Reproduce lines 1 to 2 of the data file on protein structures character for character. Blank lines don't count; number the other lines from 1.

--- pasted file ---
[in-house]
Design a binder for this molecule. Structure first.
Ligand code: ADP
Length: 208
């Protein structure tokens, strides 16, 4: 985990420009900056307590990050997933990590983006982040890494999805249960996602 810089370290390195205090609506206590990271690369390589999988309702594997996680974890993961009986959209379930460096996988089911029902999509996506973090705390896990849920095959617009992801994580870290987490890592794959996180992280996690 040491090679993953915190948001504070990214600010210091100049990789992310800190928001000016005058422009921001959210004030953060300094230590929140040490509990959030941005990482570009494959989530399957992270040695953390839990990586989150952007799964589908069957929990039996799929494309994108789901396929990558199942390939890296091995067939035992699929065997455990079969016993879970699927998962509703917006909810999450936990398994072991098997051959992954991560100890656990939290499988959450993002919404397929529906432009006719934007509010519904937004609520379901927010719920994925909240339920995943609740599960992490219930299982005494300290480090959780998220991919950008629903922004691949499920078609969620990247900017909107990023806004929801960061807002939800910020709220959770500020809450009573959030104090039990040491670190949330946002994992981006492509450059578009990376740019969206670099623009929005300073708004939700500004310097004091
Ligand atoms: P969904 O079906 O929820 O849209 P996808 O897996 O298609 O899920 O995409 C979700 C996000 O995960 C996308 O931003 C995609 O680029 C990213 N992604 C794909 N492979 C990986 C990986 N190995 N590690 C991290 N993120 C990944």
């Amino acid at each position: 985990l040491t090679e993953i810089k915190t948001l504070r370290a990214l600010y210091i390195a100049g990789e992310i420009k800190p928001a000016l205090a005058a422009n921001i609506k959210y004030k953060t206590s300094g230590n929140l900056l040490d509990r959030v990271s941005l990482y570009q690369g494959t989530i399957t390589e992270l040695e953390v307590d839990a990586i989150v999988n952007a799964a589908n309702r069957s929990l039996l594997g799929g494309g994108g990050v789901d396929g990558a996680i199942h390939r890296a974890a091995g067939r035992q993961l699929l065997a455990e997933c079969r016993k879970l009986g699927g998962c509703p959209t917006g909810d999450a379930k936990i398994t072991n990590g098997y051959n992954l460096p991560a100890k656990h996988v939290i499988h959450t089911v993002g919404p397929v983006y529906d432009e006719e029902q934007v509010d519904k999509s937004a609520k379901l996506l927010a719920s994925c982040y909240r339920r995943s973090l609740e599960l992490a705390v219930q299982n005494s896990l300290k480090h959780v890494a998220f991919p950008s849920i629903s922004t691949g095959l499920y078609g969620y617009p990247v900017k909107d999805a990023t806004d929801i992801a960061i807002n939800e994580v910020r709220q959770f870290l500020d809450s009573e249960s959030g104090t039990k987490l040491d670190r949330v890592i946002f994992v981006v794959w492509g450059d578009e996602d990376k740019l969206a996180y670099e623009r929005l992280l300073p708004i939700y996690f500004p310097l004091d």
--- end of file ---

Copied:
[in-house]
Design a binder for this molecule. Structure first.